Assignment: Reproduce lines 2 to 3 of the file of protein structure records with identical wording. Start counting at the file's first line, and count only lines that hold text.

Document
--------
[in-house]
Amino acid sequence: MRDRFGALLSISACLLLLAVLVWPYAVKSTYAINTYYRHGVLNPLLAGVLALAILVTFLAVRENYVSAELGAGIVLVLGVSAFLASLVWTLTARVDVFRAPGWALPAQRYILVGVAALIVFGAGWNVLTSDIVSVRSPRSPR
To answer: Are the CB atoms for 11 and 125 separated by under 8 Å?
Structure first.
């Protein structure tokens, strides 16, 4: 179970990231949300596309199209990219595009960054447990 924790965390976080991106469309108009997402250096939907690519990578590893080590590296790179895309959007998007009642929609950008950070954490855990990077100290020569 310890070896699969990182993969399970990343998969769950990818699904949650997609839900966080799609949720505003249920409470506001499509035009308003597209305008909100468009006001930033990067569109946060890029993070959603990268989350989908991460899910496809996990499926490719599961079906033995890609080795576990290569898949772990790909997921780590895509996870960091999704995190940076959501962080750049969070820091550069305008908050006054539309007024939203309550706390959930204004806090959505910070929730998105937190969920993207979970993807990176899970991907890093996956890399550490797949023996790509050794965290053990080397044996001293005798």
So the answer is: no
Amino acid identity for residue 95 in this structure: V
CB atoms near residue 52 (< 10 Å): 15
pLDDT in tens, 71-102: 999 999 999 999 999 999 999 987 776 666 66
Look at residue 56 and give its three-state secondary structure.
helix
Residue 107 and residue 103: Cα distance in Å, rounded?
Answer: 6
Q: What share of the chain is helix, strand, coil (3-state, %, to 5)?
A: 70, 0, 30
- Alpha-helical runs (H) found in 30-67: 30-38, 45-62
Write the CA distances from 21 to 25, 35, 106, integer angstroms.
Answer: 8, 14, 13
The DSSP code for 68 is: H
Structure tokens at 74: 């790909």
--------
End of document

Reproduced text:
Amino acid sequence: MRDRFGALLSISACLLLLAVLVWPYAVKSTYAINTYYRHGVLNPLLAGVLALAILVTFLAVRENYVSAELGAGIVLVLGVSAFLASLVWTLTARVDVFRAPGWALPAQRYILVGVAALIVFGAGWNVLTSDIVSVRSPRSPR
To answer: Are the CB atoms for 11 and 125 separated by under 8 Å?